April 13, 2004

Falluja is a Sell Signal--Even Though the U.S. Will Win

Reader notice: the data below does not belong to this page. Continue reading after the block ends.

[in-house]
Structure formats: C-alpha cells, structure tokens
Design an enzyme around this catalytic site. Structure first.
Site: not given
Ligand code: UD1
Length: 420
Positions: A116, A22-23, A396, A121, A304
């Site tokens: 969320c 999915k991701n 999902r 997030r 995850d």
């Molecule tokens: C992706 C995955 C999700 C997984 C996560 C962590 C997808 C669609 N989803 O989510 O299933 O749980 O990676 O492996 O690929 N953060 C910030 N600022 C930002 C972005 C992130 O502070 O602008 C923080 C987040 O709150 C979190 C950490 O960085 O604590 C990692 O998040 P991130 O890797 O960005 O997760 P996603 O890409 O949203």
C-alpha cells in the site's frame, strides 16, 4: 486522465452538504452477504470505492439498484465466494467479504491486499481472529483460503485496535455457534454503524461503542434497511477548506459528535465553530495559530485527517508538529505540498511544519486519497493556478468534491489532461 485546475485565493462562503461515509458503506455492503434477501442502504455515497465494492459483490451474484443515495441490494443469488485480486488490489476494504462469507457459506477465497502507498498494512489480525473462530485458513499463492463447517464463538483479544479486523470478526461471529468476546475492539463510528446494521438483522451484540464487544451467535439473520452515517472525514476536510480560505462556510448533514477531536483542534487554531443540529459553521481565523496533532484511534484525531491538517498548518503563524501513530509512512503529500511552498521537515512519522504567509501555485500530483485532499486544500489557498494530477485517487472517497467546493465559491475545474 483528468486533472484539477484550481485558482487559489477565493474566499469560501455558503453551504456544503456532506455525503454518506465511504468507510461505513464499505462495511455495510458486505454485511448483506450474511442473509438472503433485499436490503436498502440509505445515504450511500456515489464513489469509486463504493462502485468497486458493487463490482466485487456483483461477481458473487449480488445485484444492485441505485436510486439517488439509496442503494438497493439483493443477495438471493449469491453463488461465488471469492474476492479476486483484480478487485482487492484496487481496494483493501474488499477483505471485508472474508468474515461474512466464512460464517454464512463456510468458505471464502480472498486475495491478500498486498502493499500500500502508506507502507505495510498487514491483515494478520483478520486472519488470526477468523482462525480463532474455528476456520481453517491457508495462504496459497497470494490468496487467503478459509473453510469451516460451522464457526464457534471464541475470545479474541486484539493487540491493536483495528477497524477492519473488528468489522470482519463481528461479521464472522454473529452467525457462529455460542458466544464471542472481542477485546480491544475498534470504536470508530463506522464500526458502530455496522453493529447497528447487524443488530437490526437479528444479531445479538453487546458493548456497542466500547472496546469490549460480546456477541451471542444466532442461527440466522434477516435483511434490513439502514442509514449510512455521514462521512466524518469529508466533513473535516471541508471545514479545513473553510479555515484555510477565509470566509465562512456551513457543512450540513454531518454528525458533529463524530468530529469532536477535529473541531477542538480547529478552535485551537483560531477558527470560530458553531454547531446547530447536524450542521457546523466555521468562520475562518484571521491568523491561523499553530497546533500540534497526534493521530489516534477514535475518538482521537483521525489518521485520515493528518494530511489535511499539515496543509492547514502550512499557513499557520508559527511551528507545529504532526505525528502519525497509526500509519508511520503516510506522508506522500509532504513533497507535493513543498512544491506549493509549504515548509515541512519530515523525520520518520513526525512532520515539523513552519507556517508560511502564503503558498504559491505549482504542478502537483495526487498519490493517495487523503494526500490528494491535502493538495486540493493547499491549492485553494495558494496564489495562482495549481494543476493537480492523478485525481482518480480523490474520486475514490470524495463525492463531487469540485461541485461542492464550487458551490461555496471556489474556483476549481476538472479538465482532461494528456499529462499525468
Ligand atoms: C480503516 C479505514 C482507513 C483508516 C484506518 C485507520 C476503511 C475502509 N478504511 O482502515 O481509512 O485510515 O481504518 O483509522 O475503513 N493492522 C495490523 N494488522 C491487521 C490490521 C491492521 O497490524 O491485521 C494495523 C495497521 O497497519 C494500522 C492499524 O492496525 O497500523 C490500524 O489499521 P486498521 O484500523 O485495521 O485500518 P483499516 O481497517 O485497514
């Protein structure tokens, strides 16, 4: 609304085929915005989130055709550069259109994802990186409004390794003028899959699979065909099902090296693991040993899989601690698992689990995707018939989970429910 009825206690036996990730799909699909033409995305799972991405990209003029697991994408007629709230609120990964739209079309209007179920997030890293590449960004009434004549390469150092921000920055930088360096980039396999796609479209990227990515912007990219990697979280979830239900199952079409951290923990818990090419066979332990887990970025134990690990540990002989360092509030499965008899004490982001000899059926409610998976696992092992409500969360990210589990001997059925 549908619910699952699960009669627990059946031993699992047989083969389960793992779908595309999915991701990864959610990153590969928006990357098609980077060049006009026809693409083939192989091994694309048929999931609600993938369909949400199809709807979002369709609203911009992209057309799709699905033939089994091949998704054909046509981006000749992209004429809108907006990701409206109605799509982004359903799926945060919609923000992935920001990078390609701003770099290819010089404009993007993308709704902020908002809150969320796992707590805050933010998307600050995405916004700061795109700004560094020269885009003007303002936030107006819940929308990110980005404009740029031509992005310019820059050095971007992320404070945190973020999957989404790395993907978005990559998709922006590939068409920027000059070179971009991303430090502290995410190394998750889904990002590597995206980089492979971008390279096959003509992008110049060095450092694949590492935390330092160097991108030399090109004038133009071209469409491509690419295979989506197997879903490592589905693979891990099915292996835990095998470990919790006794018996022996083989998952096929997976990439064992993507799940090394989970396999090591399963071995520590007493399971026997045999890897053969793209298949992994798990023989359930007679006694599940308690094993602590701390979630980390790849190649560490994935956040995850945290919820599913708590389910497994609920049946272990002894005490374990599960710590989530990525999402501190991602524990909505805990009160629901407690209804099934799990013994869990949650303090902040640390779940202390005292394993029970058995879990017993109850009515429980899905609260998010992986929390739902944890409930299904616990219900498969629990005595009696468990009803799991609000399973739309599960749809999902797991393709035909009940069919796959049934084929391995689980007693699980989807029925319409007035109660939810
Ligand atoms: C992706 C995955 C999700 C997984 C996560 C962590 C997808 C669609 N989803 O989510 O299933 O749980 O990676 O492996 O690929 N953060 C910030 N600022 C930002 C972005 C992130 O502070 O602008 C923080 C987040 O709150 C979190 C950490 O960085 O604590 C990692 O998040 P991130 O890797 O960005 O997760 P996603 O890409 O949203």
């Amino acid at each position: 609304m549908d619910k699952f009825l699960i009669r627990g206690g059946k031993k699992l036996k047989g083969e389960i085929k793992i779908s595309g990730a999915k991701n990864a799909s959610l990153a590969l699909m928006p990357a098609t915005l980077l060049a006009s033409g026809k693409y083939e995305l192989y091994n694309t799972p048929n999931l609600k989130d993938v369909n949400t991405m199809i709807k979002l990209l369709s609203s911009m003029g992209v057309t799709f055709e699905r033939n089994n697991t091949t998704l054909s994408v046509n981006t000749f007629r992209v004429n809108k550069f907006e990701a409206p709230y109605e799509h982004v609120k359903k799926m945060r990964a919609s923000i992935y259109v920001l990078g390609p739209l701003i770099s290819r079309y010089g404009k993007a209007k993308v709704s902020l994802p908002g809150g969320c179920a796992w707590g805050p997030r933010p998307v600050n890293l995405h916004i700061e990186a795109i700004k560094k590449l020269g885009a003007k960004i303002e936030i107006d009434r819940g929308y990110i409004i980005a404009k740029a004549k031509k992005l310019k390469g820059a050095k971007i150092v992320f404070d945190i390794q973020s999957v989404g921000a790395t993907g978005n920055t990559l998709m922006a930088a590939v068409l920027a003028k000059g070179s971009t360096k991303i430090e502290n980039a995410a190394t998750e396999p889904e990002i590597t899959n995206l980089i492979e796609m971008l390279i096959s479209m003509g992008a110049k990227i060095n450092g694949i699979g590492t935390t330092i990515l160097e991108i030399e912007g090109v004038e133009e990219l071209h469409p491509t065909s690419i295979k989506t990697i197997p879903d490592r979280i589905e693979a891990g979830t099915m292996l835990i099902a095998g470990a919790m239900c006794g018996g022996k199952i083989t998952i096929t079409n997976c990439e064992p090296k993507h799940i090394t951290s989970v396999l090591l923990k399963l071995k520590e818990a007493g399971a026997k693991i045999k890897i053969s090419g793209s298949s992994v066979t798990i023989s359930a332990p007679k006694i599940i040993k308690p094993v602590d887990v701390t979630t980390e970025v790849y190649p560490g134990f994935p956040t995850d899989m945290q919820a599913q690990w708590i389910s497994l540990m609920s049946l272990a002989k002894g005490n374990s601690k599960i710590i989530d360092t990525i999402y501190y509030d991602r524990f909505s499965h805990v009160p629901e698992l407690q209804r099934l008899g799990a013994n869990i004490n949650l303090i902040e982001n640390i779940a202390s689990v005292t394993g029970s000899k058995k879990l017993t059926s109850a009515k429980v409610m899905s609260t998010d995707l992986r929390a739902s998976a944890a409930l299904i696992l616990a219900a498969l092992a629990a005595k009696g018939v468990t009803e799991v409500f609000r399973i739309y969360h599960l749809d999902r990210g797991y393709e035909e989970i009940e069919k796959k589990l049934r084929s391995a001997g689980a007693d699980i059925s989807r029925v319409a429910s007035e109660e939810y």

Dear Reader, First, my apologies for the irregular blogging schedule in the last two weeks. Sometimes you have to do a little less writing and a little more reading and thinking if you’re going to have anything worth saying. Today, I’ll get back on track. However, I do want to let you know that next week I’ll be travelling to Dallas for an Options Conference so there may be some small interruption there too. But for now, let’s move on. Before I do any market blogging (bad day for metals stocks, good day for put holders on metals stocks) I want to share with you a small piece of analysis I produced in response to a question by Bill Bonner and the editors of the London financial publication MoneyWeek. The questions was, “Is what’s going on in Iraq at all like the Tet offensive in 1968? And what was the effect of Tet on markets?” The unasked question was, what effect will Iraq have on markets as we head into spring? The short answer: Tet was a sell signal. Here’s the long answer. Tet began late on the night of January 30, 1968. It was the beginning of Tet Nguyen Dan, or the lunar new year’s day. It was a series of forty major attacks and dozens of other minor attacks all over the south by the North Vietnamese Army (NVA) and the Viet Cong (VC). Militarily, Tet was a disaster for the NVA. Military historian Victor Davis Hanson estimates the kill ratio for U.S. forces was over 50-1. The NVA were beaten back nearly everywhere they attacked. But even the fact that attacked everywhere caused political shockwaves in America. Nineteen sixty-eight was an election year. The offensive took place only two months before the New Hampshire primary. In South Vietnam it appeared to catch the Americans and the South Vietnamese by surprise. Tet had been a traditional truce day in the war. And in fact, the NVA made a point of saying in public it would observe a seven day cease-fire beginning on the 31st—a promise it fully intended on breaking. The NVA was looking for some kind of tactical surprise to compensate for its lack of firepower. It got the surprise it wanted. But the campaign—in military terms—failed anyway. Yet it’s strategic success was astounding. Why? The biggest problem was that the American public had been led to believe the war was going well and victory was in sight. And in that sense, the strategy behind the attacks was brilliant. It didn’t aim at American military might, but American public opinion—by far the weakest element of the American campaign. Americans didn’t trust their political leaders, even less so when they saw images of a country seemly on the verge of chaos and anarchy after they’d been told everything was fine. It was a well aimed psychological blow at the morale of the American people. The campaign by NVA general Vo Nguyen Giap was a textbook example of using shock and awe to undermine public support for the war through media images. What the NVA couldn’t accomplish militarily it did through other means—achieving the same goal in the end. The offensive was a tactical disaster. But strategically, it led directly to the U.S. pulling out of Vietnam. The power of the media to shape public opinion by choosing how to report a story was firmly established. We’re seeing the same thing today. But are Western media accounts of Iraq accurate? Maybe, maybe not, although today’s reporters find it a lot harder to misrepresent the truth than they did back in 1968. For example, during the Tet offensive, the NVA was helped tremendously by what may be one of the most infamous instances of lying in the history of journalism. Then-AP correspondent Peter Arnett gave America a phrase that made the logic of the war seem barbaric. Perhaps war is always barbaric and illogical, but Arnett simply made up a story up that changed the course of public opinion. You’ve probably hear the phrase, “It became necessary to destroy the village in order to save it.” Peter Arnett put that quote in a story and attributed it to an unnamed American officer. The quote ran in a February 7th story describing a battle at Ben Tre. It made it sound like the Americans had gone completely insane, flattening villagers to save them from themselves. Ben Tre WAS destroyed, but not by Americans. It was destroyed by the retreating Viet Cong. And it’s doubtful that any American officer ever said anything of the sort to Arnett. The closest you’ll find is an American officer who recalls telling Arnett, “It was a shame the village was destroyed.” The American war effort was also destroyed, at least psychologically. As Sun Tzu and Liddell Hart have both said, you defeat your enemy by collapsing his will to resist. The will of the American population to fight in Vietnam was effectively destroyed. Just a month after Arnett’s dispatch from Vietnam, Eugene McCarthy humiliated Johnson by polling at 42% of the vote in the Democratic primary compared to 49% (less than a majority) for the sitting President of the United States. Johnson couldn’t even carry a majority of his own party in a primary, and by April, he’d abandoned the race altogether. During the first six days of Tet, the S&P 500 showed little reaction, going from 92.90 on the 30th to 91.90 on the sixth. But in the first three trading days AFTER Arnett’s AP story was published, the S&P fell 3.2%. The psychological worm had turned. By the fifth of March it had fallen to 87.70. It wasn’t until Johnson officially left the race on March 31st the index appeared to take off. It was a sucker’s rally, though. Between March 31st and December second, the S&P tacked on a 16.7% gain to close at 108. However, by May of 1970, it would shed 36%. In fact, the S&P wouldn’t trade near 108 again until March of 1972. And by then, it was on its way to making a blow off-top at 120. Another sucker’s rally. What came next was the hideous bear market of 1973-1974. The S&P lost nearly 50% before settling in at 62. It wouldn’t close above 120 again until July of 1980—six years later. Tet was a sell signal, even though in military terms, it was a victory. It’s a testament to the psychological fragility of investor. But then again, maybe people felt bearish already…bearish on Johnson, bearish on Vietnam…and when they came to their senses…bearish on stocks. Maybe Tet was just the emotional reason investors used to sell. In that respect, today’s situation in Iraq bears looking at. The market is overbought. The economy gives conflicting signs of its fundamental health. America finds itself in the midst of another contentious election and another contentious war. Is Falluja a sell signal? The military reality and investor perception may be entirely at odds. That is, the U.S. may come out of this situation better of militarily. But investors may still use it as an excuse to sell, no matter what ends up happening in Iraq. Militarily, it’s impossible for me to say what’s really going on on the ground. But my suspicion is that the so-called uprising in Iraq is probably going to be even less successful than the NVA’s calculated military gamble. Why? There’s no Ho Chi Minh trail in Iraq. True, there are Syrian and Iranian element of support for Shiites in Iraq. But these Iraqis aren’t well supplied to win a long fight with the U.S. Second, there’s no global superpower behind the events in Iraq—making it much harder for whoever’s fighting the U.S.—Sunnis OR Shias—to outlast the Marines and the Army. Third, even a hostile media is going to have a much harder time distorting what’s actually going on in the country. You don’t have to hop on a plane and see for yourself of even be an expert to realize that many Iraqis have no respect for the people fighting the Americans. This doesn’t mean Iraqis LIKE Americans necessarily, or the occupation. But it does mean, if you take Iraqi bloggers at their word, there is a lot less support for a “civil war” than you’d guess from reading Western newspapers. The real target in this uprising is the U.S. voter. Show him images of dead Americans being mutilated and you can drive the Americans out of the country, or at least Bush out of office. That is the strategic goal in Iraq. Undermine the morale of America. It could work. But even if it doesn’t, it’s a sell signal for investors. Pre-Falluja highs on the S&P (for this rally) are at about 1,155. The most recent attempt to break through that was on April 5, when the S&P closed at 1,150. But even there, the S&P is still 20 points below its initial bear-market rally of 1,170—a level it last reached in March of 2002. Your best investment decision? Sell stocks because they're pricey and America’s coming off an enormous credit binge. You don’t need any other reasons. And if other investor’s want to wait until some other event triggers their selling instinct, that’s their affair. No use panicking later when you can sell now and avoid the rush.